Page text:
Prefacing his comment supporting the Ground Zero mosque with one of his signature verbal tics indicating that he really, really means what he was about to to say (“But let me be clear”), President Obama recently announced:
But let me be clear. As a citizen, and as President, I believe that Muslims have the same right to practice their religion as everyone else in this country. And that includes the right to build a place of worship and a community center on private property in Lower Manhattan, in accordance with local laws and ordinances. This is America. And our commitment to religious freedom must be unshakeable. The principle that people of all faiths are welcome in this country and that they will not be treated differently by their government is essential to who we are. The writ of the Founders must endure.
Now, let me be clear. What I find most interesting about Obama’s comment is neither the hint of a hitherto unseen respect for “private property” nor even the startling evidence, also never seen before, of fealty to an originalist interpretation of a Constitution written in stone. If “[t]he writ of the Founders must endure,” it must be because the document that resulted from “the wisdom of our Founders” (which he had mentioned two paragraphs earlier) requires us to honor principles that don’t ebb and flow with the changing tides of public opinion. Elsewhere the Constitution may be “living,” adapting to newer conceptions of liberty, but not at the “hallowed ground” of Ground Zero. There at least, it means what it always meant.
What is interesting here is not this nod to originalism — a nod that is sure to be as temporary as it is insincere — but rather how the president chooses to defend the principle of religious liberty. “[O]ver the course of our history, he explains,
religion has flourished within our borders precisely because Americans have had the right to worship as they choose — including the right to believe in no religion at all. And it is a testament to the wisdom of our Founders that America remains deeply religious — a nation where the ability of peoples of different faiths to coexist peacefully and with mutual respect for one another stands in stark contrast to the religious conflict that persists elsewhere around the globe.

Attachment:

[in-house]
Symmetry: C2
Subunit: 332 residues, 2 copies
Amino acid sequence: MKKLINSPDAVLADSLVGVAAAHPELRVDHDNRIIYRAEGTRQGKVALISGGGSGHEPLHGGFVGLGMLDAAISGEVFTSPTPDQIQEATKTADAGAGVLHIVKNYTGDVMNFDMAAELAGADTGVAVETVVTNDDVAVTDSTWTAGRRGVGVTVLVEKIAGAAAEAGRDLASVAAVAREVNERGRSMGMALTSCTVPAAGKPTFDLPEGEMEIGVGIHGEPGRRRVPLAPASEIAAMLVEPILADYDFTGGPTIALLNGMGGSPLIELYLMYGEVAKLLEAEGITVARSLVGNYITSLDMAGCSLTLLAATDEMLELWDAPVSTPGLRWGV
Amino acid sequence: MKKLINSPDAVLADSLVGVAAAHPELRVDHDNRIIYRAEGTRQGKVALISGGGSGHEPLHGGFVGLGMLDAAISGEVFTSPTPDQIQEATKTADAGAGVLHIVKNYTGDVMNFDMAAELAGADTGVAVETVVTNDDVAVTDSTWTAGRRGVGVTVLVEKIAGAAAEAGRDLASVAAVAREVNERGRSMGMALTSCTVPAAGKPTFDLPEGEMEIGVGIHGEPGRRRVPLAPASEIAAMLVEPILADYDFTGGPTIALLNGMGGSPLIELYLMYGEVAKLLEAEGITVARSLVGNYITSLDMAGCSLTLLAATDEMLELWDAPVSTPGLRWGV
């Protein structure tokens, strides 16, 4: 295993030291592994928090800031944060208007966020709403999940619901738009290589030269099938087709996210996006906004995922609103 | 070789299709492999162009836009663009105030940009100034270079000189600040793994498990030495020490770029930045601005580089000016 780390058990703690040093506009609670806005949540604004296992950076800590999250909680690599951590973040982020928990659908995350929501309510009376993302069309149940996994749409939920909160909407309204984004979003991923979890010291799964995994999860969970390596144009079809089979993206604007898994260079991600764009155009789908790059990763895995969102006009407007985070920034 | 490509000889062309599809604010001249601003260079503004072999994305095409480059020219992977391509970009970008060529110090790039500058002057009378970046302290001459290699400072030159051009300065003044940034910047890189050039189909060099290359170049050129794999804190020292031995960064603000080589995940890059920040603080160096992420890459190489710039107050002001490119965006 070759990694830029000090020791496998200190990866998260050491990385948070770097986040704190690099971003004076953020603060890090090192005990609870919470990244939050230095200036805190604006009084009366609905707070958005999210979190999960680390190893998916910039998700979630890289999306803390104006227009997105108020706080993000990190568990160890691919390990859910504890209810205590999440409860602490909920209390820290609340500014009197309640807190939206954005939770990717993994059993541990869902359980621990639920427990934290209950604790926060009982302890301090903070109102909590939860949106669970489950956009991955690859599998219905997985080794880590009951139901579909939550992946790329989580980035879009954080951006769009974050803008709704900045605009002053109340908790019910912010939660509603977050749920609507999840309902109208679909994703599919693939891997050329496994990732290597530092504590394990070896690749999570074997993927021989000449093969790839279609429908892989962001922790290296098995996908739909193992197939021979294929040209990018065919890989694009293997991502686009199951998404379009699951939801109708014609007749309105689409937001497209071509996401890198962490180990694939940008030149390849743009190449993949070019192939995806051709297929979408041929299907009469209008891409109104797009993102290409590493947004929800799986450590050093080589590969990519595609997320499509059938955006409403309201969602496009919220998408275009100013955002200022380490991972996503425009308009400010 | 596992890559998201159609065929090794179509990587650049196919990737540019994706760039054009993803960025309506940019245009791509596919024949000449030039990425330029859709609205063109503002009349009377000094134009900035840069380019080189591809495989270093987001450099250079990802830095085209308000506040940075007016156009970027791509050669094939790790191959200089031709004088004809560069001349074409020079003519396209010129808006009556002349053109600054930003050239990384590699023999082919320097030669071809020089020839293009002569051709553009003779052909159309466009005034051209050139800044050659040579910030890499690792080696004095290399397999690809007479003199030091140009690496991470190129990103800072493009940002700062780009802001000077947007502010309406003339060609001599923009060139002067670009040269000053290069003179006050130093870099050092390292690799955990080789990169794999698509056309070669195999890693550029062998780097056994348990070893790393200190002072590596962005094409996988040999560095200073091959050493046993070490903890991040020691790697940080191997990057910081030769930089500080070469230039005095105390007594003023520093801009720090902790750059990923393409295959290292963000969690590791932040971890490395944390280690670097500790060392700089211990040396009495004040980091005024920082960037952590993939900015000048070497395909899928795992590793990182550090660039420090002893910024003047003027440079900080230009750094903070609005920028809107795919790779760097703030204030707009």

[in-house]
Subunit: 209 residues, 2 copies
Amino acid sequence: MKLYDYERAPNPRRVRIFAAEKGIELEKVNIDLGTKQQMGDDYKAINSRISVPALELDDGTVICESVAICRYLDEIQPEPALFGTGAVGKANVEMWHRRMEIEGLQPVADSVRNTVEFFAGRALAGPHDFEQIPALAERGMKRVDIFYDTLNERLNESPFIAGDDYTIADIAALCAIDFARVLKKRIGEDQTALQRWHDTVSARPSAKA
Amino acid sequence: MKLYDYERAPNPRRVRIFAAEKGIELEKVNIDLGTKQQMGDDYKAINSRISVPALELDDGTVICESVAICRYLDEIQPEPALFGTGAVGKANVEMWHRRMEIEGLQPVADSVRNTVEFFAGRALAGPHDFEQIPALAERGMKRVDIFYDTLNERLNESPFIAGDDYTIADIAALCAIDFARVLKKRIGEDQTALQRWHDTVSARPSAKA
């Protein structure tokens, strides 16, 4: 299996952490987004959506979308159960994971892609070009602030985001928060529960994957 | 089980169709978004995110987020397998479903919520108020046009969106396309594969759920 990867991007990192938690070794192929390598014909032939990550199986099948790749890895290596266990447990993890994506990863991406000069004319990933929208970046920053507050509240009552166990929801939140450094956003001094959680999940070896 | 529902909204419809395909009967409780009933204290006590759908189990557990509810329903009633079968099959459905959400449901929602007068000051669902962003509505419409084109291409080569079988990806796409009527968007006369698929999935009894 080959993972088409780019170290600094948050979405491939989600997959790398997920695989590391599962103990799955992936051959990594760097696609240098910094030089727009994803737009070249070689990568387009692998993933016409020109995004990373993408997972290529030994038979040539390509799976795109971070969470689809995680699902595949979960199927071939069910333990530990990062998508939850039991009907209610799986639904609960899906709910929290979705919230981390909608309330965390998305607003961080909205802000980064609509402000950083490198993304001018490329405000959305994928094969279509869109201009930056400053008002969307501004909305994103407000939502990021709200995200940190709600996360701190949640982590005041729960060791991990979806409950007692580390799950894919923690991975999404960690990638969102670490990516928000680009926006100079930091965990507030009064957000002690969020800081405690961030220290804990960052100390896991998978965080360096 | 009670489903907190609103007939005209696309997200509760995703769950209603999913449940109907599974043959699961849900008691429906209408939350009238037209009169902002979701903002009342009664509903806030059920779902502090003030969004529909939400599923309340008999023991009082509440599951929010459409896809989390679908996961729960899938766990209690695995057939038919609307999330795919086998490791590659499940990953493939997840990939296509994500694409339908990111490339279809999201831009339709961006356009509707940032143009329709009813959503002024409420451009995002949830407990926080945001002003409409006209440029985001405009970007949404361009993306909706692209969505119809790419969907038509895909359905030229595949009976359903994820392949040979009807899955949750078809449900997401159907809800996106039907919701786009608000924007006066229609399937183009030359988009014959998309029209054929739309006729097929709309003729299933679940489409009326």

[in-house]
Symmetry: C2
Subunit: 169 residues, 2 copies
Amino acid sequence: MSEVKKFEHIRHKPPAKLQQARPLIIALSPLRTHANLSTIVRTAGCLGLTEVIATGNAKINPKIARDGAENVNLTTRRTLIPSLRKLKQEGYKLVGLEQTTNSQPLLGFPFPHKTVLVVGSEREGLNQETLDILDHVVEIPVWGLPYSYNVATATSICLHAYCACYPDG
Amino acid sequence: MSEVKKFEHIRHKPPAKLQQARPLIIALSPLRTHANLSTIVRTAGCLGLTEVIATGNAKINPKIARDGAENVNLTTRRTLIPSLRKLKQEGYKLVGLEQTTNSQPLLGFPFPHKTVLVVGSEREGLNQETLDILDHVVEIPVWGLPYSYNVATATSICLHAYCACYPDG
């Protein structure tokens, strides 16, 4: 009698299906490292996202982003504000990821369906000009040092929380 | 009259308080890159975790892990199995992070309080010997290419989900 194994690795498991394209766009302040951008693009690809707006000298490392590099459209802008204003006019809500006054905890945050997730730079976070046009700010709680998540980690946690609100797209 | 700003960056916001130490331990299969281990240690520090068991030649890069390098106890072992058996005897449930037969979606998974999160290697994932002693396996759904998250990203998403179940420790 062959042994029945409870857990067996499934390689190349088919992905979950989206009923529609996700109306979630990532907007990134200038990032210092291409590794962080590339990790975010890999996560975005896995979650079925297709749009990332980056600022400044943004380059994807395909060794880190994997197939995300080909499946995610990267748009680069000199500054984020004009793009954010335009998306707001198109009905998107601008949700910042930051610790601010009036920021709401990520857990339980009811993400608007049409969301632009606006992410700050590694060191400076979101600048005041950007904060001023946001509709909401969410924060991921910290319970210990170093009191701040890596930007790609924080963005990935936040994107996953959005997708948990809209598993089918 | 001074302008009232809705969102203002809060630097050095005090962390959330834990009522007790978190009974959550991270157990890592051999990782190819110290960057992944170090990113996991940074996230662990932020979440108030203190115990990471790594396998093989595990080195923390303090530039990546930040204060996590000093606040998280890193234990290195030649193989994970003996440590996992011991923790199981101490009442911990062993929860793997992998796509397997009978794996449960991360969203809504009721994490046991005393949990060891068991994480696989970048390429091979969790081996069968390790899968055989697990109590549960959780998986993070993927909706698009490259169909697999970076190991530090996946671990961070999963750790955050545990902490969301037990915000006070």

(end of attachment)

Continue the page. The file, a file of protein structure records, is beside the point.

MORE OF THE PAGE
Yesterday, however, Obama backtracked and clarified what he had taken such pains to “be clear” about the day before: “Obama narrows mosque comments” (Politico) or “expands on mosque comments” (The Hill) by insisting that he was not commenting “on the wisdom” of putting a mosque at Ground Zero but rather only “very specifically on the right” to put it there.
Never mind that few critics of that decision deny the right. What is fascinating here is how Obama defines the right that he defends: “In this country we treat everybody equally and in accordance with the law, regardless of race, regardless of religion.” [Emphasis mine]
Let’s ignore for now both the fact that this assertion is clearly not true — it is official government policy in this country to treat some people better and others worse because of their race — and even the fact that Obama himself supports preferential treatment based on race and opposes all efforts to prohibit it. What is noteworthy is that he is now on record as recognizing that both religious freedom and racial equality require governmental neutrality, a principle embedded in the Constitution by the “writ of the Founders” whose wisdom has been confirmed over “the course of our history.”
As it happens, I’ve written about the relationship between religious liberty and racial equality before, and I hope you will indulge me in quoting a long excerpt from this 2002 post (occasioned by the then-recent Cleveland school voucher case) where I argued that “the principle of neutrality … derives not so much from the text of the Constitution as from something deeper in the very structure of our society,” the very thing identified by Obama in his recent comment: